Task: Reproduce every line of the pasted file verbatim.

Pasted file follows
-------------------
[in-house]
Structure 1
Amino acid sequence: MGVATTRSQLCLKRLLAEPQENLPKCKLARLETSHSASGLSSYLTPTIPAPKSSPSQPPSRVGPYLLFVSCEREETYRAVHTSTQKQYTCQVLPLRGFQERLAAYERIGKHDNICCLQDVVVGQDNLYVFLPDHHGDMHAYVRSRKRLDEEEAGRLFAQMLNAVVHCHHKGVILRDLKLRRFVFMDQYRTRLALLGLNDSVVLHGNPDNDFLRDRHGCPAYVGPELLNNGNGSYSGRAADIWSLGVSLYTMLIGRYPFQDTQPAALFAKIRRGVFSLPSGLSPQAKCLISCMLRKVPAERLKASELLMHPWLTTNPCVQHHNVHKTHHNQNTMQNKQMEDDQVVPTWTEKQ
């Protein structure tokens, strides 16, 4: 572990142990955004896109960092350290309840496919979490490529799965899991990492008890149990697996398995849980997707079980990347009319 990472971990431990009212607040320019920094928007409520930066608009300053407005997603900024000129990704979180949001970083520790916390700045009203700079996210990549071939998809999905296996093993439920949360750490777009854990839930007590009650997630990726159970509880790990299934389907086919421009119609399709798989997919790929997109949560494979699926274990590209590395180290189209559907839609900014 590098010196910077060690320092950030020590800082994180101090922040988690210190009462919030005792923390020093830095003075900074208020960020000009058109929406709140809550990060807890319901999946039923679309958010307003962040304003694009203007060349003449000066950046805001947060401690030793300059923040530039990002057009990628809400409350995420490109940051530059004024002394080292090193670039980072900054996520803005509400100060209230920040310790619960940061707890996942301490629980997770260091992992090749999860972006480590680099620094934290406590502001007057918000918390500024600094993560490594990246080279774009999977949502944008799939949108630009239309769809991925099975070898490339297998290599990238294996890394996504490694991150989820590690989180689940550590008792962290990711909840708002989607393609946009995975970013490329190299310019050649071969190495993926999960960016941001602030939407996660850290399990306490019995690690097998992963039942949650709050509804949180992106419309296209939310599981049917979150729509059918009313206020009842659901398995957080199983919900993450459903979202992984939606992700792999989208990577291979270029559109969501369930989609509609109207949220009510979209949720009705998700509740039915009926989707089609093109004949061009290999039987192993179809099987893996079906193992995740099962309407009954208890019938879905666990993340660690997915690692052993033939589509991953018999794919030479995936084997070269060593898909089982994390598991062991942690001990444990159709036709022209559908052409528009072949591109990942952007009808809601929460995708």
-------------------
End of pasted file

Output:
[in-house]
Structure 1
Amino acid sequence: MGVATTRSQLCLKRLLAEPQENLPKCKLARLETSHSASGLSSYLTPTIPAPKSSPSQPPSRVGPYLLFVSCEREETYRAVHTSTQKQYTCQVLPLRGFQERLAAYERIGKHDNICCLQDVVVGQDNLYVFLPDHHGDMHAYVRSRKRLDEEEAGRLFAQMLNAVVHCHHKGVILRDLKLRRFVFMDQYRTRLALLGLNDSVVLHGNPDNDFLRDRHGCPAYVGPELLNNGNGSYSGRAADIWSLGVSLYTMLIGRYPFQDTQPAALFAKIRRGVFSLPSGLSPQAKCLISCMLRKVPAERLKASELLMHPWLTTNPCVQHHNVHKTHHNQNTMQNKQMEDDQVVPTWTEKQ
């Protein structure tokens, strides 16, 4: 572990142990955004896109960092350290309840496919979490490529799965899991990492008890149990697996398995849980997707079980990347009319 990472971990431990009212607040320019920094928007409520930066608009300053407005997603900024000129990704979180949001970083520790916390700045009203700079996210990549071939998809999905296996093993439920949360750490777009854990839930007590009650997630990726159970509880790990299934389907086919421009119609399709798989997919790929997109949560494979699926274990590209590395180290189209559907839609900014 590098010196910077060690320092950030020590800082994180101090922040988690210190009462919030005792923390020093830095003075900074208020960020000009058109929406709140809550990060807890319901999946039923679309958010307003962040304003694009203007060349003449000066950046805001947060401690030793300059923040530039990002057009990628809400409350995420490109940051530059004024002394080292090193670039980072900054996520803005509400100060209230920040310790619960940061707890996942301490629980997770260091992992090749999860972006480590680099620094934290406590502001007057918000918390500024600094993560490594990246080279774009999977949502944008799939949108630009239309769809991925099975070898490339297998290599990238294996890394996504490694991150989820590690989180689940550590008792962290990711909840708002989607393609946009995975970013490329190299310019050649071969190495993926999960960016941001602030939407996660850290399990306490019995690690097998992963039942949650709050509804949180992106419309296209939310599981049917979150729509059918009313206020009842659901398995957080199983919900993450459903979202992984939606992700792999989208990577291979270029559109969501369930989609509609109207949220009510979209949720009705998700509740039915009926989707089609093109004949061009290999039987192993179809099987893996079906193992995740099962309407009954208890019938879905666990993340660690997915690692052993033939589509991953018999794919030479995936084997070269060593898909089982994390598991062991942690001990444990159709036709022209559908052409528009072949591109990942952007009808809601929460995708």